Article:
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Whitham, Ben (2024) 'The Revolution of Values and the Crisis of Liberal Democracy.' Global Political Economy, 3 (1). pp. 152-171.

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Abstract

One domain of global political economy (GPE) that warrants more serious scholarly attention is the plane of what Jessop (2010) calls ‘cultural political economy’ (CPE). This article connects GPE and CPE, through an exploration of the production and exchange of meaning (semiosis) in the global politics of ‘values’. The point of departure for this exploration is a series of overlapping crises in GPE. From the Great Recession to the global COVID-19 pandemic, these crises are often associated with the rise of dangerous new reactionary forces. Conspiracist far-right and increasingly authoritarian centre-right movements continue their ascendancy. Meanwhile, a (neo)liberal self-proclaimed ‘centre’ decries this ‘rise of populisms’, lamenting a perceived backlash against liberal democracy itself. This article offers a novel reading of the present conjunctural crisis, through the cultural theory of bell hooks. Specifically, hooks’ ([1984] 2000) identification of ‘white supremacist capitalist patriarchy’ as the real Western social model, her analyses of the political-economic crises of the 1990s and her development of Martin Luther King’s notion of a ‘revolution of values’ are all crucial to explaining the present crisis, and exploring the potential of progressive politics today. Reframing ‘liberal democracy’ as white supremacist capitalist patriarchy, it is argued, enables a number of further insights. In particular, this analysis allows us to understand our present moment as a confrontation between truly progressive values – including anti-racist, anti-capitalist and feminist values – and what turn out to be the shared regressive and reactionary values of (neo)liberalism and the far right. The aim of the article is to show, in the terms of Stuart Hall’s Gramscian analysis, ‘how different forces come together, conjuncturally, to create the new terrain, on which a different politics must form up’ (Hall, 1987: 16).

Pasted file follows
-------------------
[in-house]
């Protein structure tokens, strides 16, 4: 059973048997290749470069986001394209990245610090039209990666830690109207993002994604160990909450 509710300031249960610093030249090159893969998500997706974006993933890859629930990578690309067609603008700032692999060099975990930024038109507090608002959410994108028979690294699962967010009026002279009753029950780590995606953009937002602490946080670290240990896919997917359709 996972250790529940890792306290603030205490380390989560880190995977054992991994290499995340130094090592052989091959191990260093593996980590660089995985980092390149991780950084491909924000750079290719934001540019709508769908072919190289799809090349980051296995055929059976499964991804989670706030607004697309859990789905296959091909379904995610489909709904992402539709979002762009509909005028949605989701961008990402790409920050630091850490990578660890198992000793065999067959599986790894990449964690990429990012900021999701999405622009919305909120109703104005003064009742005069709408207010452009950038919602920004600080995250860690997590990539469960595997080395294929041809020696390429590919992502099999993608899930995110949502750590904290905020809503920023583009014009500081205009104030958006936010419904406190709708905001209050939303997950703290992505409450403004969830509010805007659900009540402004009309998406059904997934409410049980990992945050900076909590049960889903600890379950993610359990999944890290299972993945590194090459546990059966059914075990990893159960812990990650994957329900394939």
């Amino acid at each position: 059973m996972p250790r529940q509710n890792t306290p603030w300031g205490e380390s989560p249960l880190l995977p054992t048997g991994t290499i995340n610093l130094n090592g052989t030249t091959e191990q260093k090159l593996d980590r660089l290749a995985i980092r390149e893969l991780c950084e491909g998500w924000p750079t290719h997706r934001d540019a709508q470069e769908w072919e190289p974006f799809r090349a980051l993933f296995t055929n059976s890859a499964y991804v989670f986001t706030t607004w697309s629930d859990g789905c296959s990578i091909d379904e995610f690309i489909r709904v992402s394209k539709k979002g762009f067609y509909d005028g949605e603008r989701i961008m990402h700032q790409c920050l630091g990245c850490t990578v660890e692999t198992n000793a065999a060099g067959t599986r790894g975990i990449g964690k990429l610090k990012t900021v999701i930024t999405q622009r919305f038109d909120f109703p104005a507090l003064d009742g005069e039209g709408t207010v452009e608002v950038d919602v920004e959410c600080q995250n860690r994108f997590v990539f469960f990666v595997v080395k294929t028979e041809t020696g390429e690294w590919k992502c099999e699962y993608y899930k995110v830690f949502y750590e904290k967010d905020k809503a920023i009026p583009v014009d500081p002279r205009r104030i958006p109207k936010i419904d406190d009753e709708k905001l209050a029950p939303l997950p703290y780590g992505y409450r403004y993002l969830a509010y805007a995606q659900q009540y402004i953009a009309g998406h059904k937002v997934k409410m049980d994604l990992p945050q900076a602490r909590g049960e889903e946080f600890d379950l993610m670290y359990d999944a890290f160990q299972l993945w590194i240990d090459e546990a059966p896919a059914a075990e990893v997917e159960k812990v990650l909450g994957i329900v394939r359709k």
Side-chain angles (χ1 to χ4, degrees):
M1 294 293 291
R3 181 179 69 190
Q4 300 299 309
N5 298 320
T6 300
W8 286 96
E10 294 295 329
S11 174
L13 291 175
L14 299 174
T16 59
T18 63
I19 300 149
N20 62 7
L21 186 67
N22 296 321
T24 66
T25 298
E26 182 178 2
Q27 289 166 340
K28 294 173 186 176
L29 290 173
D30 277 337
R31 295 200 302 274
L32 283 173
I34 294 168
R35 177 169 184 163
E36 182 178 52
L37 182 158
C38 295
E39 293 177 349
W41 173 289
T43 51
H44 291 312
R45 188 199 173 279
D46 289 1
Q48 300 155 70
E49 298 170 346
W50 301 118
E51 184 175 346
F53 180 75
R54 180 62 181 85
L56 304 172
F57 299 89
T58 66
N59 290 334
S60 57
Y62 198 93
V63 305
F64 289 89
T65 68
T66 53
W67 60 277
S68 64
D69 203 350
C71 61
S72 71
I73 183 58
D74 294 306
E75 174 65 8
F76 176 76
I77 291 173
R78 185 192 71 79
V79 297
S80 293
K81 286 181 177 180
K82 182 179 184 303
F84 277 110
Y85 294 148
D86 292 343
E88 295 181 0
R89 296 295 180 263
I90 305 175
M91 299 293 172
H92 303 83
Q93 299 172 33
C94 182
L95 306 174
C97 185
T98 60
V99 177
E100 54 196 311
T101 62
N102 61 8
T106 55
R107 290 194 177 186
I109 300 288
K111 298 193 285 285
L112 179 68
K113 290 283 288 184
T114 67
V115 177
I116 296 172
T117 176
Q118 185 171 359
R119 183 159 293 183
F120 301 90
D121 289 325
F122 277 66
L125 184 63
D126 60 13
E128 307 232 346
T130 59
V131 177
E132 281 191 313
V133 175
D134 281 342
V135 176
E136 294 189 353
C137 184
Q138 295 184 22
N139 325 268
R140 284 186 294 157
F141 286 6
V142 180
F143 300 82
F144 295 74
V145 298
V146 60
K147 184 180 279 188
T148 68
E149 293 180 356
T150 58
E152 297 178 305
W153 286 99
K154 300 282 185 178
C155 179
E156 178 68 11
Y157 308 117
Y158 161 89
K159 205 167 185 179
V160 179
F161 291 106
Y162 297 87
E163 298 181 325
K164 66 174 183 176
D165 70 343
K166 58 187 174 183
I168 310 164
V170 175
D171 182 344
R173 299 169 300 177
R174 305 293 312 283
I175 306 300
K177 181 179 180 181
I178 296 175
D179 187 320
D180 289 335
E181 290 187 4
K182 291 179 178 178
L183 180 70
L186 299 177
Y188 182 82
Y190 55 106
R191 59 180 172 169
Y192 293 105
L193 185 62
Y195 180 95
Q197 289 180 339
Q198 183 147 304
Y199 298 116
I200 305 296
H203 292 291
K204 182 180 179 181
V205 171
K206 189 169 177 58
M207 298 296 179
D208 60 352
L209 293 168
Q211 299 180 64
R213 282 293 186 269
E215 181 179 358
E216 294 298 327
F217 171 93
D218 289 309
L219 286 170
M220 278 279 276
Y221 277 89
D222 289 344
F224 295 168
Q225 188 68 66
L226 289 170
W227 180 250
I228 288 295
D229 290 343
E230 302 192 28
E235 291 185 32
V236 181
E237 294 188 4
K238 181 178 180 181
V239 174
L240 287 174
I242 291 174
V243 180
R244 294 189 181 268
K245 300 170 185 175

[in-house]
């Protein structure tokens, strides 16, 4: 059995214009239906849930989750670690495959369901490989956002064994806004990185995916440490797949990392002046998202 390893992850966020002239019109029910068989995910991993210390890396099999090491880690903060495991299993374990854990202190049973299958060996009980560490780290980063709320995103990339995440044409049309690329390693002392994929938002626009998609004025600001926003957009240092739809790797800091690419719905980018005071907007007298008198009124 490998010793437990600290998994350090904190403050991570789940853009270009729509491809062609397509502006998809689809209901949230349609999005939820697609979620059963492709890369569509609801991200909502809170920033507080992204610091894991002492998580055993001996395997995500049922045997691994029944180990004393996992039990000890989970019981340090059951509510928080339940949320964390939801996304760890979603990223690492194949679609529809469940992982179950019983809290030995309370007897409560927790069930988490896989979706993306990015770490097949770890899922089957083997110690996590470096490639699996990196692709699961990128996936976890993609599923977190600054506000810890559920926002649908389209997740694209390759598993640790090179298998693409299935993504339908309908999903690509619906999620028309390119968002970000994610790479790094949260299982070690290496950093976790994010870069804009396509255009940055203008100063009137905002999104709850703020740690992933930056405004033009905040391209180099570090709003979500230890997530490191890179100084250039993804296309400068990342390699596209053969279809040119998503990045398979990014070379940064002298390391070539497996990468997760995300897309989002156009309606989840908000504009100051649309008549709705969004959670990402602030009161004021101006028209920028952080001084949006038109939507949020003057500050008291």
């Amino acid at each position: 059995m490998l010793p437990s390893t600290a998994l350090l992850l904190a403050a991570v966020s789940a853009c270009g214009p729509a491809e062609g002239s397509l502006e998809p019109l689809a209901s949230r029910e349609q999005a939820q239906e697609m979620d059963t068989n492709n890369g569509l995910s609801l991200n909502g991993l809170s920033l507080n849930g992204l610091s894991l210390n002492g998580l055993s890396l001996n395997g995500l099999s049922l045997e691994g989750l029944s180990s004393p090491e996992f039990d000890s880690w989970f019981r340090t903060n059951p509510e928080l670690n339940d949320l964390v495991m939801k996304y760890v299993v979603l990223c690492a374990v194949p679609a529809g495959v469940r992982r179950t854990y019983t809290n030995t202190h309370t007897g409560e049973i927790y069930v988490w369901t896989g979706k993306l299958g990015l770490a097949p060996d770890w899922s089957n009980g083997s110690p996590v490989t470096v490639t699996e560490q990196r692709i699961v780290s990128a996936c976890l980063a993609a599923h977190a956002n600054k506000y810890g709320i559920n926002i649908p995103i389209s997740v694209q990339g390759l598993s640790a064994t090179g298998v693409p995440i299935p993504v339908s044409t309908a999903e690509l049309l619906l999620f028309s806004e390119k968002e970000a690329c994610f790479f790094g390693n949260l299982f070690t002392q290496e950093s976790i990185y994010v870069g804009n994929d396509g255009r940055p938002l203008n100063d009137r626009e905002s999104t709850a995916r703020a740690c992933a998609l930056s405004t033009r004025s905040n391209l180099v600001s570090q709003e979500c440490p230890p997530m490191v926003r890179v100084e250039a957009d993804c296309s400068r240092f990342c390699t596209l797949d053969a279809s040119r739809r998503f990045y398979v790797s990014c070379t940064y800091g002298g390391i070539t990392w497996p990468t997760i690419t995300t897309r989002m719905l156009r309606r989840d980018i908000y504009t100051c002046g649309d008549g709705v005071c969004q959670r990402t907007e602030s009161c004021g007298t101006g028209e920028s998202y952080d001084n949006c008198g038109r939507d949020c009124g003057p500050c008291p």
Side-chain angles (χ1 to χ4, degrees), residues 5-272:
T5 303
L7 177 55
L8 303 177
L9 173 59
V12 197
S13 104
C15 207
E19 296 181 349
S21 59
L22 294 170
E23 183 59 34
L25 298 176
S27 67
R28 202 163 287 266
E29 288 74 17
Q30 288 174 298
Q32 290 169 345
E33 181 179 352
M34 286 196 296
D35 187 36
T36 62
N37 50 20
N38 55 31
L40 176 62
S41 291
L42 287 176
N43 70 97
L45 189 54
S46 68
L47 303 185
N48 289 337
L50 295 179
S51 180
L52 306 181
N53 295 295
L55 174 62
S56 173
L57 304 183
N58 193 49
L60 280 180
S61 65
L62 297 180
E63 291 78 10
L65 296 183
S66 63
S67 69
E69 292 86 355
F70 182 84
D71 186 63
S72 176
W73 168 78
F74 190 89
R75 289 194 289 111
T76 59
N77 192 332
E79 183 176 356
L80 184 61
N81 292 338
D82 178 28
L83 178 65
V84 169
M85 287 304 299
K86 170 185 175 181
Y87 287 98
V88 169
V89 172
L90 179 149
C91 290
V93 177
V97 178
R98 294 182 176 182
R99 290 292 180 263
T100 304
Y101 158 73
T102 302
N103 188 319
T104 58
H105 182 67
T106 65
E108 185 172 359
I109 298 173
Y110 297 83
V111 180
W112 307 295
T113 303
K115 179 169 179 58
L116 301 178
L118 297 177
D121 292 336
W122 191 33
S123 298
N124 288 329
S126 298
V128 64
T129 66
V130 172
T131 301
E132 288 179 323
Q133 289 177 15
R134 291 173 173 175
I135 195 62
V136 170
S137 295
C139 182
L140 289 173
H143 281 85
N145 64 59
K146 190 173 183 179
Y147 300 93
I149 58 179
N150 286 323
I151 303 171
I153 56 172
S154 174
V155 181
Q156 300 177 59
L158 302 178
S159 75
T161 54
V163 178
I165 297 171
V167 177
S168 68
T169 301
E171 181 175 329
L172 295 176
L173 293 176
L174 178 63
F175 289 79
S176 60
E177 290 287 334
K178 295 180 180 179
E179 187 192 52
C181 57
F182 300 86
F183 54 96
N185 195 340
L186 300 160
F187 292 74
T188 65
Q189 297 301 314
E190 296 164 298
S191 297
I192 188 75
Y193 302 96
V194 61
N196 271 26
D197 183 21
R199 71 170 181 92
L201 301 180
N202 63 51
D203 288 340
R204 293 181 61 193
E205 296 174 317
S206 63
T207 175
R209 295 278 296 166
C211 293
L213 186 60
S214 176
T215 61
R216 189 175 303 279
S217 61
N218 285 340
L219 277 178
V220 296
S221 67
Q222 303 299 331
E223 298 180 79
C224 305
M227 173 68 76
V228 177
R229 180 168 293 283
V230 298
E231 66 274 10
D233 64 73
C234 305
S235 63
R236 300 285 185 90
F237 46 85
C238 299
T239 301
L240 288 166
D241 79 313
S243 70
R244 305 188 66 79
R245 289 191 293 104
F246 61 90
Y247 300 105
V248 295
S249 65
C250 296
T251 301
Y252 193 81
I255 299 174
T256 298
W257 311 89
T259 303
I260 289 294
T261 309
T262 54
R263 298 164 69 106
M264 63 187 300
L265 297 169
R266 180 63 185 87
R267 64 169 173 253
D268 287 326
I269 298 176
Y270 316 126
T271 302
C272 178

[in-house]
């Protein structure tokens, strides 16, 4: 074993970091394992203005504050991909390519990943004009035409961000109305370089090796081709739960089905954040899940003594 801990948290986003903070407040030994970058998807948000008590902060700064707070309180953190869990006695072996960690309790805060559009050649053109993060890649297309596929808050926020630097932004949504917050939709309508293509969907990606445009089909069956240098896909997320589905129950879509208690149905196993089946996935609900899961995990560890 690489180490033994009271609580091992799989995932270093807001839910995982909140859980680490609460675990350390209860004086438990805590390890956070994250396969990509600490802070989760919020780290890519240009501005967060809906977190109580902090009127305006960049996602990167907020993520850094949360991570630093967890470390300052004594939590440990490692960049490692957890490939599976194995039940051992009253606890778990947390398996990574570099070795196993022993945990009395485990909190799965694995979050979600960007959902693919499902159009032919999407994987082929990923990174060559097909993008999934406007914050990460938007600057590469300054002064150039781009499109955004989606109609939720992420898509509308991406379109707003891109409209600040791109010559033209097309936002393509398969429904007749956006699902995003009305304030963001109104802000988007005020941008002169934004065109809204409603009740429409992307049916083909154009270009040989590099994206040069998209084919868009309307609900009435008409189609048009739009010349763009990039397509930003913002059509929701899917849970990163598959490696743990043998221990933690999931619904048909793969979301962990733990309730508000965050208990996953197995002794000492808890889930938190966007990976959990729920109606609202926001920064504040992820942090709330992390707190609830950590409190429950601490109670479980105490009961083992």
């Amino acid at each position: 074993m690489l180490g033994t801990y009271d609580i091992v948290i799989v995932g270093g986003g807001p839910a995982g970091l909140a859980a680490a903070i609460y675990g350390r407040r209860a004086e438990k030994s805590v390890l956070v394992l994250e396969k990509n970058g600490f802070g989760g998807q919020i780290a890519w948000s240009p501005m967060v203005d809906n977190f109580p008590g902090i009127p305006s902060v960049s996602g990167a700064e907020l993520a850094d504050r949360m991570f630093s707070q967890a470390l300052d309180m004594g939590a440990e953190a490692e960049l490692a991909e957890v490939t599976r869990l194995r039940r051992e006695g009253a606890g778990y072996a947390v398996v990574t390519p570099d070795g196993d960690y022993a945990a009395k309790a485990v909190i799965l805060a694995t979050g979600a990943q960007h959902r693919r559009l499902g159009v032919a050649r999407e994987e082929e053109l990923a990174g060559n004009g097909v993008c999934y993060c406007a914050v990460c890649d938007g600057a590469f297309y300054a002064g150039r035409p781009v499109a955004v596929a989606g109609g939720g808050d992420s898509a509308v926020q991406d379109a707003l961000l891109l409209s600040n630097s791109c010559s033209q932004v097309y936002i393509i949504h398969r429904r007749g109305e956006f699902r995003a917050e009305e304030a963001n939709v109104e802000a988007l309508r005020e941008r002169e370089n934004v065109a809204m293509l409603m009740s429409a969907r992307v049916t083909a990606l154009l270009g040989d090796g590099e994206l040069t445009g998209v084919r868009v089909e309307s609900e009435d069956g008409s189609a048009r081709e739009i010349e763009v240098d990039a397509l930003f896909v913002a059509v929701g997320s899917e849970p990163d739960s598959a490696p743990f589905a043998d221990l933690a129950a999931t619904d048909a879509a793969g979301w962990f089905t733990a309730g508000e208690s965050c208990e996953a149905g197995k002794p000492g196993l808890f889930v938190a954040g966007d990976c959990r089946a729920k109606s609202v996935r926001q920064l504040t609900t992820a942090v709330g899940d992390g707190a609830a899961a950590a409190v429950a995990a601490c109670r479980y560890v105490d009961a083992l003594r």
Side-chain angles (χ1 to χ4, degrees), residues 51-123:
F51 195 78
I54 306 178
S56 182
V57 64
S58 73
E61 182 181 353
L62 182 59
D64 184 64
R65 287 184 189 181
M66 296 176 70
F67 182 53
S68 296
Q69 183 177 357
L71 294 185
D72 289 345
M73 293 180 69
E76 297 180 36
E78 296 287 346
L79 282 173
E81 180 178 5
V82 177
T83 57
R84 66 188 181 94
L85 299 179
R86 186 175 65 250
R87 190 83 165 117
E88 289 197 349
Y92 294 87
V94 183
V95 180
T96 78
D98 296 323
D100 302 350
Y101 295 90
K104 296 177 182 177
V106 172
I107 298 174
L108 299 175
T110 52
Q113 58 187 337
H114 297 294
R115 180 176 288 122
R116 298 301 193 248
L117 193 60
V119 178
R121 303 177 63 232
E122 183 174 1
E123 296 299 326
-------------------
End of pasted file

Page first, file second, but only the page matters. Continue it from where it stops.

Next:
Item Type: Journal Article
SOAS Departments & Centres: Departments and Subunits > Department of Politics & International Studies
ISSN: 26352257
DOI (Digital Object Identifier): https://doi.org/10.1332/ONRF8537
Date Deposited: 06 Jul 2023 11:16
URI: https://eprints.soas.ac.uk/id/eprint/39690

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